Twitter has confirmed that two-factor authentication is still active on the service despite concerns that it was accidentally shut down or broken. A tweet from Twitter Support says the company is “investigating the few cases where SMS codes aren’t delivered,” but doesn’t give much indication of how many people are affected.
Monday a few tweet went viral on the platform featuring screenshots of error codes about how SMS codes failed to send, with some users linking the issues to CEO Elon Musk proverb that the platform would shut down unnecessary parts of Twitter’s infrastructure. However, our testing showed that the service wasn’t completely broken, and when we put out a public call to ask people if they’d been locked out, we only got a handful of responses. Most talked about not being able to pass the 2FA check required to request an archive of your Twitter data.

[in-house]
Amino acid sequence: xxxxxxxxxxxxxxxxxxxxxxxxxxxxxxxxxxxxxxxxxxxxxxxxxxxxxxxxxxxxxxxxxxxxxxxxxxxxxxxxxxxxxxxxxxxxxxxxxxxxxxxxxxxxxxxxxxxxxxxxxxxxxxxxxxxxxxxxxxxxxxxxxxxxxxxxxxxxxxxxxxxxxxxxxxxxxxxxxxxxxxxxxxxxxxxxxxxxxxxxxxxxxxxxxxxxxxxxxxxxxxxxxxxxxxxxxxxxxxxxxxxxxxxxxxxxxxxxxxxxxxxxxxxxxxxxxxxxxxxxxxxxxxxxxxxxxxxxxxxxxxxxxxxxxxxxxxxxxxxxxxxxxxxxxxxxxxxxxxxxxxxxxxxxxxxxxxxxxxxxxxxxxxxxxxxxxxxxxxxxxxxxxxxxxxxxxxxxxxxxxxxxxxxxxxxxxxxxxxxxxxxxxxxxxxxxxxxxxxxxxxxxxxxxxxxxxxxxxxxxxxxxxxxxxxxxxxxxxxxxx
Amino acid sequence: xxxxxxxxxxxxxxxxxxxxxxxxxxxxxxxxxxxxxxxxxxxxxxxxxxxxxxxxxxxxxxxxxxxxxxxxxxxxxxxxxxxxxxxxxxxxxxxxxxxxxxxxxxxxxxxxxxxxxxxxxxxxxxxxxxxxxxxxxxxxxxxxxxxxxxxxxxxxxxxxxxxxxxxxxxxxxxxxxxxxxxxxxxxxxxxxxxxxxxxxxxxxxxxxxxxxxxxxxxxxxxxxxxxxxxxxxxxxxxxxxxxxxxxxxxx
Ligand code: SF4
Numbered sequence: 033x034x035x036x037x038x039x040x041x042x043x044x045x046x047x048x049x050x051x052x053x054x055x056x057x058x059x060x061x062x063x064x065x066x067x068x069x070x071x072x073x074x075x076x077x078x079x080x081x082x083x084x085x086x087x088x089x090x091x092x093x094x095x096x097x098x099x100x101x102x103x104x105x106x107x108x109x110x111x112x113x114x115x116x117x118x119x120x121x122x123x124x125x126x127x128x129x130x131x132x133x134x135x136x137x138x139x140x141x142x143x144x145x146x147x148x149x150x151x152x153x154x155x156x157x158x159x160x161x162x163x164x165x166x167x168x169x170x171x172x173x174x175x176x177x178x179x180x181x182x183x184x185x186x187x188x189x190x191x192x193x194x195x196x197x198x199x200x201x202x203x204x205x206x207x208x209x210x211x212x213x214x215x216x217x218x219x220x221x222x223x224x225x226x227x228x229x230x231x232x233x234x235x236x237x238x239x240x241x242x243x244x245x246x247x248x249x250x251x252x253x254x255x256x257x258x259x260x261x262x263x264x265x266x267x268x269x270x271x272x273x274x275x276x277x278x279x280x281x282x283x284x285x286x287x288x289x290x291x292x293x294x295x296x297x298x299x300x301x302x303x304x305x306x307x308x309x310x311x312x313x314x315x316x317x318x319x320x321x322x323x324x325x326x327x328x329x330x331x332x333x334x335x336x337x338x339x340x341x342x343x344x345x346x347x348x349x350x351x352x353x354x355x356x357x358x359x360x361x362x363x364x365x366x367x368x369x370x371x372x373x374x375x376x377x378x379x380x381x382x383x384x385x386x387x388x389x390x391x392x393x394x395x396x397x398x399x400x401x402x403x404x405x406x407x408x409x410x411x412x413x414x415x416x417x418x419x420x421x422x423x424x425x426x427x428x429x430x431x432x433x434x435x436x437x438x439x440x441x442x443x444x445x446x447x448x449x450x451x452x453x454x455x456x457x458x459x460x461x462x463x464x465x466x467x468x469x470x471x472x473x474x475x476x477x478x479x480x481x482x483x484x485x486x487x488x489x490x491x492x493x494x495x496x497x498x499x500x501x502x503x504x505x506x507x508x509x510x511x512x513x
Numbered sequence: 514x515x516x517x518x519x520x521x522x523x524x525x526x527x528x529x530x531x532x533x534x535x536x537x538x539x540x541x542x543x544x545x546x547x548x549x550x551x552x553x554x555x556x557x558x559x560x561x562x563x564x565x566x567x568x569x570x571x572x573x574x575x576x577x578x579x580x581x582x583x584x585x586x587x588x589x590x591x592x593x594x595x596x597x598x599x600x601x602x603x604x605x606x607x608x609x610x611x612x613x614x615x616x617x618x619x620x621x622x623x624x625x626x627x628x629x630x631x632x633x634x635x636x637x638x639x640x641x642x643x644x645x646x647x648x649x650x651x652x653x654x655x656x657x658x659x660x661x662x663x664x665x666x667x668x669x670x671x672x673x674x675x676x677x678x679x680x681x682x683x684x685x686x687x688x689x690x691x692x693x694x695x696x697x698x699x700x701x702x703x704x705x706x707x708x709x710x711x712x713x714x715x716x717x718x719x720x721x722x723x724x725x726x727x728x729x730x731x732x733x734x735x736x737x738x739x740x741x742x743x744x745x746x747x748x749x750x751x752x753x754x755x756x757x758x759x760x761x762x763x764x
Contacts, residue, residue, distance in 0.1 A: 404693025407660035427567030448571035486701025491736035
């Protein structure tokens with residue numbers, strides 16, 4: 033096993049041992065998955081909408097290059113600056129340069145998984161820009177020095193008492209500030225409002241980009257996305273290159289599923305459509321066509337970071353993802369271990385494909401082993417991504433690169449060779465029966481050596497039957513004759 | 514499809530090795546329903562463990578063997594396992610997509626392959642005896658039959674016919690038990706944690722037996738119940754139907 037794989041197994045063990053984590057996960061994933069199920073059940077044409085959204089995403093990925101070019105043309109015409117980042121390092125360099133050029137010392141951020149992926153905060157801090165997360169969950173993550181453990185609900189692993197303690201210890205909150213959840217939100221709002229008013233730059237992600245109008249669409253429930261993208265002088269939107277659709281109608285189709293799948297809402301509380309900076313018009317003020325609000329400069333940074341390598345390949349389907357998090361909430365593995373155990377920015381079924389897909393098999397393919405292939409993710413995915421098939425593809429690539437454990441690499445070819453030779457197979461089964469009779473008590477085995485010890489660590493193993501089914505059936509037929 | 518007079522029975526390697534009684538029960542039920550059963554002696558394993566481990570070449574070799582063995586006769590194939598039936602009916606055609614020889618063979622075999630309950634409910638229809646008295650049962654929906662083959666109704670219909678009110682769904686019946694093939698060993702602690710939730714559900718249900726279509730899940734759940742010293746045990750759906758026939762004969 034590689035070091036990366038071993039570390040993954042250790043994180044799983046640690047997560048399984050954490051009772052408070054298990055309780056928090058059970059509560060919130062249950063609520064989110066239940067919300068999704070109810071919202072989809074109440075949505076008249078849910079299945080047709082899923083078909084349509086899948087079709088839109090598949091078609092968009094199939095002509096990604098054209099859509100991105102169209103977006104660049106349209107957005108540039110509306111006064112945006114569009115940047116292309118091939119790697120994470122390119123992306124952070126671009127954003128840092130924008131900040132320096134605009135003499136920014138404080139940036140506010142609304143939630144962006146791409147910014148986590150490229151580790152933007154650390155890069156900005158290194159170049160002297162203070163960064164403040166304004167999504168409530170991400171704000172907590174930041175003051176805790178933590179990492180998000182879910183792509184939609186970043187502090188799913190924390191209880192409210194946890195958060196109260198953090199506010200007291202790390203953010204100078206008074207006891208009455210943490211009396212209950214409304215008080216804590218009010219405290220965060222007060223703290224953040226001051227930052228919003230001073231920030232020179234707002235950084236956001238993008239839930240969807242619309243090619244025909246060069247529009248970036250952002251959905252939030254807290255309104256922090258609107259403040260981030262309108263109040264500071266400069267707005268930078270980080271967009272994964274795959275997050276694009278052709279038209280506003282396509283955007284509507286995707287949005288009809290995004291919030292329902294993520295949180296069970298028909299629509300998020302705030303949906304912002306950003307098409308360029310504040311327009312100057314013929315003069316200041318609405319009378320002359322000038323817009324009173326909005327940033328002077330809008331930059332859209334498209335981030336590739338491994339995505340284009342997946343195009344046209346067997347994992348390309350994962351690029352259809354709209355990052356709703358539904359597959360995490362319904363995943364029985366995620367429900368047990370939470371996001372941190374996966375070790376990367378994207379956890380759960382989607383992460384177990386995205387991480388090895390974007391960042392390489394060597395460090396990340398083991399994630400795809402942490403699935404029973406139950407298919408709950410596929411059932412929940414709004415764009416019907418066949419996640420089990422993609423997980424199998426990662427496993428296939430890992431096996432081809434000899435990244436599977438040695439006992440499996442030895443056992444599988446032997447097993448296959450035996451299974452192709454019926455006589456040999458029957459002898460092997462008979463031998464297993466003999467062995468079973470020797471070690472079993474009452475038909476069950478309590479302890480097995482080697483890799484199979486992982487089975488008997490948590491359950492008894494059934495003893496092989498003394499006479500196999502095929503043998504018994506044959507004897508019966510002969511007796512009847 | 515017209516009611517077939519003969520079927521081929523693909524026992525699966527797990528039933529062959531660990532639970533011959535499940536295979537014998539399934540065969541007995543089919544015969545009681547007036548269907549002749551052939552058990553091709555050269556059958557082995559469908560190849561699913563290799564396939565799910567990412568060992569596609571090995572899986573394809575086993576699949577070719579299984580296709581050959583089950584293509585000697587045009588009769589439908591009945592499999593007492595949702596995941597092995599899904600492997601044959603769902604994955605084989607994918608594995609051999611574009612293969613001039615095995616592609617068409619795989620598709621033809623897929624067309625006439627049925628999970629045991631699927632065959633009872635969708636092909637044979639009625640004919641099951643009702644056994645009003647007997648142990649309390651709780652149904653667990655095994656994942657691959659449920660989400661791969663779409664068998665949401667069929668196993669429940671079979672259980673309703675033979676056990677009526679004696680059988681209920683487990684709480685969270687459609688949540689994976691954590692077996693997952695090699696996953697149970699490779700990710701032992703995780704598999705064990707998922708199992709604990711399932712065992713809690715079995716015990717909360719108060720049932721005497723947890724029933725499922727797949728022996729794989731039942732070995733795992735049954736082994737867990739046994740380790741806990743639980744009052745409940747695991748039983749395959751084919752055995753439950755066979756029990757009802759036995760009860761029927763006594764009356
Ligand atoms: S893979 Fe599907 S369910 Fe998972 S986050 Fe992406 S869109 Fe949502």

While Twitter’s official word on two-factor authentication may reassure some people who are worried they won’t be able to re-login to their accounts, I personally still find it hard to fully trust the platform to remain stable at this point. Several engineers at the company have accused Musk of not understanding the technical changes he wants to make to the company, and have reportedly been fired for doing so, even though they have privately voiced their concerns. Twitter has also lost or lost about half of its staff, thousands of contractors and executives responsible for things like information security and trust and safety.
While the tweets accusing Twitter of removing its two-factor authentication microservice don’t appear to be accurate, I have a feeling we could very well see some groundbreaking bugs popping up in the not-too-distant future if the company stays on course in this direction.